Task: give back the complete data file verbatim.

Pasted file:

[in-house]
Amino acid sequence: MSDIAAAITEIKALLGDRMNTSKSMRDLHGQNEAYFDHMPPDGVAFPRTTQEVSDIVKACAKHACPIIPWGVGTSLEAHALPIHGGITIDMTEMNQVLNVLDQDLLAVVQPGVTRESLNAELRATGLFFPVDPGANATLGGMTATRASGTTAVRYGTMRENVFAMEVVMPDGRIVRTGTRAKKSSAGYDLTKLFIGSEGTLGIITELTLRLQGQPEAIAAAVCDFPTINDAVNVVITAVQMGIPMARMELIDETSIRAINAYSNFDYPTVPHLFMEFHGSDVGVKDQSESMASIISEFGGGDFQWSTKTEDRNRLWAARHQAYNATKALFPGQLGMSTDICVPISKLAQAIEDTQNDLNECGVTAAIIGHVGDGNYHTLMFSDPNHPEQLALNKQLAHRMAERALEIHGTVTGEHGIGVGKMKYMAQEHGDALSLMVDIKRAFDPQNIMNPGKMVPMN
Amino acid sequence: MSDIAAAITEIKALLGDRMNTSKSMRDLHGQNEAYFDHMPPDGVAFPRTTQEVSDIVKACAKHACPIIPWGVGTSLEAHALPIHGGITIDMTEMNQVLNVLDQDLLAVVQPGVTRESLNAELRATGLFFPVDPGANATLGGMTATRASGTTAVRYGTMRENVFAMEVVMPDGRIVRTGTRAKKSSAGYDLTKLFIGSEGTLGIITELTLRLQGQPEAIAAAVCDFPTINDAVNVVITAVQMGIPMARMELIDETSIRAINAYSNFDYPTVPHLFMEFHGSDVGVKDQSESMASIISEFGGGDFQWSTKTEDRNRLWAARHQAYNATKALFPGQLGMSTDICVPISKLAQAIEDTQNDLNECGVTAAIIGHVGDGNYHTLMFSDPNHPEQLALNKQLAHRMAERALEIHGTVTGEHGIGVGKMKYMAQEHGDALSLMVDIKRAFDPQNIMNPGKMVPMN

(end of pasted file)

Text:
[in-house]
Amino acid sequence: MSDIAAAITEIKALLGDRMNTSKSMRDLHGQNEAYFDHMPPDGVAFPRTTQEVSDIVKACAKHACPIIPWGVGTSLEAHALPIHGGITIDMTEMNQVLNVLDQDLLAVVQPGVTRESLNAELRATGLFFPVDPGANATLGGMTATRASGTTAVRYGTMRENVFAMEVVMPDGRIVRTGTRAKKSSAGYDLTKLFIGSEGTLGIITELTLRLQGQPEAIAAAVCDFPTINDAVNVVITAVQMGIPMARMELIDETSIRAINAYSNFDYPTVPHLFMEFHGSDVGVKDQSESMASIISEFGGGDFQWSTKTEDRNRLWAARHQAYNATKALFPGQLGMSTDICVPISKLAQAIEDTQNDLNECGVTAAIIGHVGDGNYHTLMFSDPNHPEQLALNKQLAHRMAERALEIHGTVTGEHGIGVGKMKYMAQEHGDALSLMVDIKRAFDPQNIMNPGKMVPMN
Amino acid sequence: MSDIAAAITEIKALLGDRMNTSKSMRDLHGQNEAYFDHMPPDGVAFPRTTQEVSDIVKACAKHACPIIPWGVGTSLEAHALPIHGGITIDMTEMNQVLNVLDQDLLAVVQPGVTRESLNAELRATGLFFPVDPGANATLGGMTATRASGTTAVRYGTMRENVFAMEVVMPDGRIVRTGTRAKKSSAGYDLTKLFIGSEGTLGIITELTLRLQGQPEAIAAAVCDFPTINDAVNVVITAVQMGIPMARMELIDETSIRAINAYSNFDYPTVPHLFMEFHGSDVGVKDQSESMASIISEFGGGDFQWSTKTEDRNRLWAARHQAYNATKALFPGQLGMSTDICVPISKLAQAIEDTQNDLNECGVTAAIIGHVGDGNYHTLMFSDPNHPEQLALNKQLAHRMAERALEIHGTVTGEHGIGVGKMKYMAQEHGDALSLMVDIKRAFDPQNIMNPGKMVPMN